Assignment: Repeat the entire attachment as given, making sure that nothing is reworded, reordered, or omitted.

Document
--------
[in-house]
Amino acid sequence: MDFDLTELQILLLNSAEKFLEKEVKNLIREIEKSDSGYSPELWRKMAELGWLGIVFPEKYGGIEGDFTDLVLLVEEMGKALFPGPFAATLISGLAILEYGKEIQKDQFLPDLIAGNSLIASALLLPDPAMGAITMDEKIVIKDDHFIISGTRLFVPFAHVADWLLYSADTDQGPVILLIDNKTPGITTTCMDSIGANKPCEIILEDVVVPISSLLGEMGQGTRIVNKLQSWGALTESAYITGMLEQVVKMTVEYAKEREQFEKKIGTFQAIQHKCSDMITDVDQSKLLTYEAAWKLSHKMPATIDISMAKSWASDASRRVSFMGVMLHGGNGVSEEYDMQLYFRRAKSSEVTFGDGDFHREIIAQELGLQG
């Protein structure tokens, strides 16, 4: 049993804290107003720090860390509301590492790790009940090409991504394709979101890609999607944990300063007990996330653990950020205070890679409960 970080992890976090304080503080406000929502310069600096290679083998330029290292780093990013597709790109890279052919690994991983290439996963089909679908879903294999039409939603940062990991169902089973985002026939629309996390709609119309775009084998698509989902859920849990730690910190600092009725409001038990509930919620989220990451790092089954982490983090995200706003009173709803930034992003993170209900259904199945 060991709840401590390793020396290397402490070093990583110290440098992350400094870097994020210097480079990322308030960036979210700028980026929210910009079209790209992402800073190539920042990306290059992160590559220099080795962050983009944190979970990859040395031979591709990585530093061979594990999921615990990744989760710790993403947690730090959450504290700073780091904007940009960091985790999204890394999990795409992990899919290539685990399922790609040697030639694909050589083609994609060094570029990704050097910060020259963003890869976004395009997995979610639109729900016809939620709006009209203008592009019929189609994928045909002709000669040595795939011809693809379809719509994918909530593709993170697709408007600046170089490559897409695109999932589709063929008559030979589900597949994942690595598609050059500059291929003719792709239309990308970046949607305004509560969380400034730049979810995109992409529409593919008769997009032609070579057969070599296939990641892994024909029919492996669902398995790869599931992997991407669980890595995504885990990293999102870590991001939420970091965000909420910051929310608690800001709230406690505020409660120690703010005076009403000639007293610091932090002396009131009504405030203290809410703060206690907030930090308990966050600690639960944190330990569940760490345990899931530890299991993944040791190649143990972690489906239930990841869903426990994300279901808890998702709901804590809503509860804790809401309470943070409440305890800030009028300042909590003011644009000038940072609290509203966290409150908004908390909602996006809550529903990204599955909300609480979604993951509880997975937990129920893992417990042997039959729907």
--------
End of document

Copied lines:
[in-house]
Amino acid sequence: MDFDLTELQILLLNSAEKFLEKEVKNLIREIEKSDSGYSPELWRKMAELGWLGIVFPEKYGGIEGDFTDLVLLVEEMGKALFPGPFAATLISGLAILEYGKEIQKDQFLPDLIAGNSLIASALLLPDPAMGAITMDEKIVIKDDHFIISGTRLFVPFAHVADWLLYSADTDQGPVILLIDNKTPGITTTCMDSIGANKPCEIILEDVVVPISSLLGEMGQGTRIVNKLQSWGALTESAYITGMLEQVVKMTVEYAKEREQFEKKIGTFQAIQHKCSDMITDVDQSKLLTYEAAWKLSHKMPATIDISMAKSWASDASRRVSFMGVMLHGGNGVSEEYDMQLYFRRAKSSEVTFGDGDFHREIIAQELGLQG
């Protein structure tokens, strides 16, 4: 049993804290107003720090860390509301590492790790009940090409991504394709979101890609999607944990300063007990996330653990950020205070890679409960 970080992890976090304080503080406000929502310069600096290679083998330029290292780093990013597709790109890279052919690994991983290439996963089909679908879903294999039409939603940062990991169902089973985002026939629309996390709609119309775009084998698509989902859920849990730690910190600092009725409001038990509930919620989220990451790092089954982490983090995200706003009173709803930034992003993170209900259904199945 060991709840401590390793020396290397402490070093990583110290440098992350400094870097994020210097480079990322308030960036979210700028980026929210910009079209790209992402800073190539920042990306290059992160590559220099080795962050983009944190979970990859040395031979591709990585530093061979594990999921615990990744989760710790993403947690730090959450504290700073780091904007940009960091985790999204890394999990795409992990899919290539685990399922790609040697030639694909050589083609994609060094570029990704050097910060020259963003890869976004395009997995979610639109729900016809939620709006009209203008592009019929189609994928045909002709000669040595795939011809693809379809719509994918909530593709993170697709408007600046170089490559897409695109999932589709063929008559030979589900597949994942690595598609050059500059291929003719792709239309990308970046949607305004509560969380400034730049979810995109992409529409593919008769997009032609070579057969070599296939990641892994024909029919492996669902398995790869599931992997991407669980890595995504885990990293999102870590991001939420970091965000909420910051929310608690800001709230406690505020409660120690703010005076009403000639007293610091932090002396009131009504405030203290809410703060206690907030930090308990966050600690639960944190330990569940760490345990899931530890299991993944040791190649143990972690489906239930990841869903426990994300279901808890998702709901804590809503509860804790809401309470943070409440305890800030009028300042909590003011644009000038940072609290509203966290409150908004908390909602996006809550529903990204599955909300609480979604993951509880997975937990129920893992417990042997039959729907």